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More mashing of Google Maps

New Google Maps feature lets people create customized maps with content from different mashup sites.

Google Maps is launching a new feature Wednesday that enables people to create customized maps with content from multiple mashup Web sites.

For instance, I made my own map of San Francisco with an events search from Zvents (salsa dancing Monday at the Jewish Community Center, for example); Google Real Estate Search (there's a one-bedroom, one-bath apartment in San Francisco's Mission District selling for a mere $389,500); temperatures from WeatherBug (62 degrees in downtown San Francisco); prices at gas stations near my office from GasBuddy ($3.79 a gallon at the Shell on Bryant and 4th Street); and running routes from MapMyRun. But right now, nothing to help me map my bike route to work.

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Users can browse the 100 or so maplets for content to add to their maps. There aren't necessarily a lot of maplets available right now, but I'm sure the list will grow. For instance, searching for "bike" there was only bike path maplets for Boulder, Colo., and New York City. But residents of Tokyo and Santiago, Chile, will benefit from having access to their subway maps available.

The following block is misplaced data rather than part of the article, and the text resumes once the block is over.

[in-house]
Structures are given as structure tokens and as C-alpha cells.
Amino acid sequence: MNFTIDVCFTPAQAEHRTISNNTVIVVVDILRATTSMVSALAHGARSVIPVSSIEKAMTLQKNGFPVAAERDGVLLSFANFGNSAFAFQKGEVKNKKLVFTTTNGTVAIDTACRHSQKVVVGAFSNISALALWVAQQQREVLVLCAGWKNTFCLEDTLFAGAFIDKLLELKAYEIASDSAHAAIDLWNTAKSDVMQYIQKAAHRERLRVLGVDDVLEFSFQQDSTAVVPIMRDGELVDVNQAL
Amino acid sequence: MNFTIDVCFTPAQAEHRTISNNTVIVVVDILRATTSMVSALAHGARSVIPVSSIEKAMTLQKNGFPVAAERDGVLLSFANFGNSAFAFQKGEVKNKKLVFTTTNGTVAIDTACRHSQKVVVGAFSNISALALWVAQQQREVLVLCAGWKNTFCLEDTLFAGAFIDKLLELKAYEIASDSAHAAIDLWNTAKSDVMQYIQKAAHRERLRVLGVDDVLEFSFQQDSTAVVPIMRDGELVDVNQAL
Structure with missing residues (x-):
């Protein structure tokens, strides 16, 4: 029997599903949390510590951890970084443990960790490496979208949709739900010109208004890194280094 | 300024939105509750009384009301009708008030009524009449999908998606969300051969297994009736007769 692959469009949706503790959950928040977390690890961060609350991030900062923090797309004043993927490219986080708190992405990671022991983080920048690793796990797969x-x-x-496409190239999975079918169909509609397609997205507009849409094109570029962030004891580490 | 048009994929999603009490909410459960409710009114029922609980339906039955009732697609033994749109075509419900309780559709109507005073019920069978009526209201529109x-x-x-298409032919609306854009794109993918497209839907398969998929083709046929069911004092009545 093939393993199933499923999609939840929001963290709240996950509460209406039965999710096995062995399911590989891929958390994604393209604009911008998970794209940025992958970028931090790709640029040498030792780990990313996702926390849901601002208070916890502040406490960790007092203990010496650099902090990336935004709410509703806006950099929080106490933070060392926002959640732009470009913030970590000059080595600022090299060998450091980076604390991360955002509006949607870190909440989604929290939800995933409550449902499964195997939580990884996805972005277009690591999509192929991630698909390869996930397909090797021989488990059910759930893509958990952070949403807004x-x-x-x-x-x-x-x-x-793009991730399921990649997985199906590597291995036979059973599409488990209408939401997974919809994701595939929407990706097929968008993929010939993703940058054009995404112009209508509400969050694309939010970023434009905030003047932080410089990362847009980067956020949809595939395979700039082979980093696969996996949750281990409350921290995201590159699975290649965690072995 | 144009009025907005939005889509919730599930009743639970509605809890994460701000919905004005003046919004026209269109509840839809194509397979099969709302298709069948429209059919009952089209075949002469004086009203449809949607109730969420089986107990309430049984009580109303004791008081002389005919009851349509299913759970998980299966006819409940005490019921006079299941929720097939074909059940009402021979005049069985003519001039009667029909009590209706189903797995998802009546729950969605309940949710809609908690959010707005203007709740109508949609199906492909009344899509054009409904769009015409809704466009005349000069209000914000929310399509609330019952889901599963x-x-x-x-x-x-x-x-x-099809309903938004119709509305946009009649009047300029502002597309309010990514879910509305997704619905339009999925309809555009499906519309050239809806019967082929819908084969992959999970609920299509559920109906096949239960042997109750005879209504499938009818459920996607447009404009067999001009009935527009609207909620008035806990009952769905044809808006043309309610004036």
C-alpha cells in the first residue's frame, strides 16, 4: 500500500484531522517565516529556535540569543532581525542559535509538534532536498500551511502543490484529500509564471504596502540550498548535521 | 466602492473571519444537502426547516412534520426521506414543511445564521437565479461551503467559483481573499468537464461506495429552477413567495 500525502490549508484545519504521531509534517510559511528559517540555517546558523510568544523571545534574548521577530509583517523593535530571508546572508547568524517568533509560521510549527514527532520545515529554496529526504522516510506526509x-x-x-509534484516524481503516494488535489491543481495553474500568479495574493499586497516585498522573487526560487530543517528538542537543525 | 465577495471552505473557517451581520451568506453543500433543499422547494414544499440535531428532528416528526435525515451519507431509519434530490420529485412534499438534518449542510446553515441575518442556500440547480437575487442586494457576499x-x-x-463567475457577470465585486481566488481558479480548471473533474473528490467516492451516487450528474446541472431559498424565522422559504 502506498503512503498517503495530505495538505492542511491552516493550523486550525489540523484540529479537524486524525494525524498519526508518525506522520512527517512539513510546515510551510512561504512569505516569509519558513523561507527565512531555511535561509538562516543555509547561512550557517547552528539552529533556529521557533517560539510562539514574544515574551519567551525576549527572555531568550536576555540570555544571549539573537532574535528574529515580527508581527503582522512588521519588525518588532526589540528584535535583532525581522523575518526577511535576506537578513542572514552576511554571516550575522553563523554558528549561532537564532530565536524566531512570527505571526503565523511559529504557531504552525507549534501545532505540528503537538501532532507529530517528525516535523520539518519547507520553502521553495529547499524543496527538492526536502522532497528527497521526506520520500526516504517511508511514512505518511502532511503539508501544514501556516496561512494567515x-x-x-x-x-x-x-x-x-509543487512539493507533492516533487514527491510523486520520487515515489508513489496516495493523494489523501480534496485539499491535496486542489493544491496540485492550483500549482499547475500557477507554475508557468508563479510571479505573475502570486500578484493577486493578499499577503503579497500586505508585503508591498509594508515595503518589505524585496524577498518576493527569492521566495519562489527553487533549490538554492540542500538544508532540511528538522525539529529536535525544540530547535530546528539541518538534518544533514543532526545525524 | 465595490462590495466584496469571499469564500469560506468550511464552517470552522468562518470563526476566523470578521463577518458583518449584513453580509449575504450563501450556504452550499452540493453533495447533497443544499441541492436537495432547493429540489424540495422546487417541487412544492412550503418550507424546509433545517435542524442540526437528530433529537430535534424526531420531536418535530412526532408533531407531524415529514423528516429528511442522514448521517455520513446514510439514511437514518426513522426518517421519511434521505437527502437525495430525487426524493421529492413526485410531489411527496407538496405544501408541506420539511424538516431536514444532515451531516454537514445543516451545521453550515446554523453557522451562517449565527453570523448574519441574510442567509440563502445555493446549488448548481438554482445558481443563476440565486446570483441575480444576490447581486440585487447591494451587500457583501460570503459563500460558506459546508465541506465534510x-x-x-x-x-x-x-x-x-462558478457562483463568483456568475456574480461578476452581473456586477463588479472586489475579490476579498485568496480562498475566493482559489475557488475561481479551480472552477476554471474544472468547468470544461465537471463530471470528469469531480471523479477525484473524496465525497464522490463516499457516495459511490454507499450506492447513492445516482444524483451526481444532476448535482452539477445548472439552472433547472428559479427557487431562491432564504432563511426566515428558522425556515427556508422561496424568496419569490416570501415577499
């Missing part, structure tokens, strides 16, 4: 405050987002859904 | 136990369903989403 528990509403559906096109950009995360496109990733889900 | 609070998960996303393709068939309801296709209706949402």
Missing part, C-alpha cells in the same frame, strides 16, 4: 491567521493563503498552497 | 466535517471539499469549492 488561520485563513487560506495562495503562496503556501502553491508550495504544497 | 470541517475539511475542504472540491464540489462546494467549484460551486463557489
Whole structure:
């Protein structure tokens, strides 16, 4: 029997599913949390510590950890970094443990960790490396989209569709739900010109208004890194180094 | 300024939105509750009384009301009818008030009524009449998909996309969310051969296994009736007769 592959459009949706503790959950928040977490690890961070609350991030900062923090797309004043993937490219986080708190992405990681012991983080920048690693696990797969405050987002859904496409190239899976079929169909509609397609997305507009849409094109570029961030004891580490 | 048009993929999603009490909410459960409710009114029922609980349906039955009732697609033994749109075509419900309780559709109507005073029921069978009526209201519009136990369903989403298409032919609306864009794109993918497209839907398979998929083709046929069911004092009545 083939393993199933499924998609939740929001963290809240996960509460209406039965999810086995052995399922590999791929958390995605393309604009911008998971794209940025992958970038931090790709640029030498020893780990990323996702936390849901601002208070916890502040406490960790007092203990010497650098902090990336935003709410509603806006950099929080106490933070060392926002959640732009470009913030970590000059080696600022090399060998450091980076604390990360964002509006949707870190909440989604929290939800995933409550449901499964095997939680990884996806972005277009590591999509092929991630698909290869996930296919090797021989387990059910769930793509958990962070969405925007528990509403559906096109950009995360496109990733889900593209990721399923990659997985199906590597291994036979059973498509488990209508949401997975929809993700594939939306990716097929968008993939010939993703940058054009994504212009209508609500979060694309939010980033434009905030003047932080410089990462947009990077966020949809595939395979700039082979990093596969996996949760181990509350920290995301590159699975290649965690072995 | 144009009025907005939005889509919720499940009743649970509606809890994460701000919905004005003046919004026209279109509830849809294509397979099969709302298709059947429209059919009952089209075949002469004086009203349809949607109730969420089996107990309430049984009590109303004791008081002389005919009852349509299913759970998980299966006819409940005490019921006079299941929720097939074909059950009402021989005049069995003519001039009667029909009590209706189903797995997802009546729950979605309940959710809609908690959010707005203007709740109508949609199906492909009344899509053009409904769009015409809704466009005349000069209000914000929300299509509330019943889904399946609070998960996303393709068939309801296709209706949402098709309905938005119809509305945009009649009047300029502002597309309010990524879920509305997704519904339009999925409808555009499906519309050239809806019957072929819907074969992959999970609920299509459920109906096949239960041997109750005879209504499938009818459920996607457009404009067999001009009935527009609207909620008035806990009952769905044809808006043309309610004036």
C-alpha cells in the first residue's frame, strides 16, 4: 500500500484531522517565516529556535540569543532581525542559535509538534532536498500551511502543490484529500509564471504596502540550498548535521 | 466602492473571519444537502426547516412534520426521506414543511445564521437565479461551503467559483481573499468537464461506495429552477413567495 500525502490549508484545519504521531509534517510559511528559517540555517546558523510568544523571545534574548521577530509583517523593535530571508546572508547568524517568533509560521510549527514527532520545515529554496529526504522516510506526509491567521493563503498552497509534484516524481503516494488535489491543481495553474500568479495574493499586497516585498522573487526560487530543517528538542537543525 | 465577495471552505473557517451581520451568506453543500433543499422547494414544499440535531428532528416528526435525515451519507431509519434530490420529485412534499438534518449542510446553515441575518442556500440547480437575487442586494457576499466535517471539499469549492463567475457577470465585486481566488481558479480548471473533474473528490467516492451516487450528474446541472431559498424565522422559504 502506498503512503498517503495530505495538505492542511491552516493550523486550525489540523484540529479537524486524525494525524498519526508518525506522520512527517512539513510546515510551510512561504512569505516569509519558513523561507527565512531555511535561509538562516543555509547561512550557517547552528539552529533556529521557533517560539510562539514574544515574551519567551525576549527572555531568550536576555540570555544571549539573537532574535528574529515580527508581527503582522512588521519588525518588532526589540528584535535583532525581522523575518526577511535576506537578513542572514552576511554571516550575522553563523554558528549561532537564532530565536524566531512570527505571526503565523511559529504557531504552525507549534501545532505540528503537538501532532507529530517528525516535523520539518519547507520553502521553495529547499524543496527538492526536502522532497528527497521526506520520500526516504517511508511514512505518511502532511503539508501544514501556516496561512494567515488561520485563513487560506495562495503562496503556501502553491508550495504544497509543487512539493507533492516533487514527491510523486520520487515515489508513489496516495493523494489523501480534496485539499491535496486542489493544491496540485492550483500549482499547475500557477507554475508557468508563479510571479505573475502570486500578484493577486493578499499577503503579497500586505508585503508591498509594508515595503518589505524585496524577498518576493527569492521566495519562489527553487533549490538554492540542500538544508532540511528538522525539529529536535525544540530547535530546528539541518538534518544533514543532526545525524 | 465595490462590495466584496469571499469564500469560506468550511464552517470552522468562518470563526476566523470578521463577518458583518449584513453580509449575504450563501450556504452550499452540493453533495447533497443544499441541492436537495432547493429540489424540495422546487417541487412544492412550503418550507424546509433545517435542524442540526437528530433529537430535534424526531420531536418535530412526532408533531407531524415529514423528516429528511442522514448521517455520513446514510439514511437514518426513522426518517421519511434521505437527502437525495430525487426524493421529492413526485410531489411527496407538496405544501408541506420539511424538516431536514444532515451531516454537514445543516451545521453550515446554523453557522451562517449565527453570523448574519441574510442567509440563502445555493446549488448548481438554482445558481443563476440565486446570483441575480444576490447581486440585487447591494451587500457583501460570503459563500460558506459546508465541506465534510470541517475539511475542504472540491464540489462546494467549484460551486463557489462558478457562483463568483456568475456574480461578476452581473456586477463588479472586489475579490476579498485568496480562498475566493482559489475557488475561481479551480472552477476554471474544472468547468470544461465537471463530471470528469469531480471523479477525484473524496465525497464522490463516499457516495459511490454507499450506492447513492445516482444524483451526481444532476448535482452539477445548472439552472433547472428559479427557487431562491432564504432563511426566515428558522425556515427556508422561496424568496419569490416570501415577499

Google has distributed more than 50,000 Google Maps API keys, said Thai Tran, a product manager for Google Maps. Creators of existing Google mashup Web sites can modify their code slightly and add it to the Google maplet gallery so it can be combined with other mashups on anyone's personal map, he said.

Google is really pushing the mapping envelope. In April, the company introduced a feature that lets people add their own text, photos and video to customized maps, in essence enabling anyone to create a mashup. A few weeks ago, the company unveiled a feature that lets people click and drag to change the Google Maps driving directions.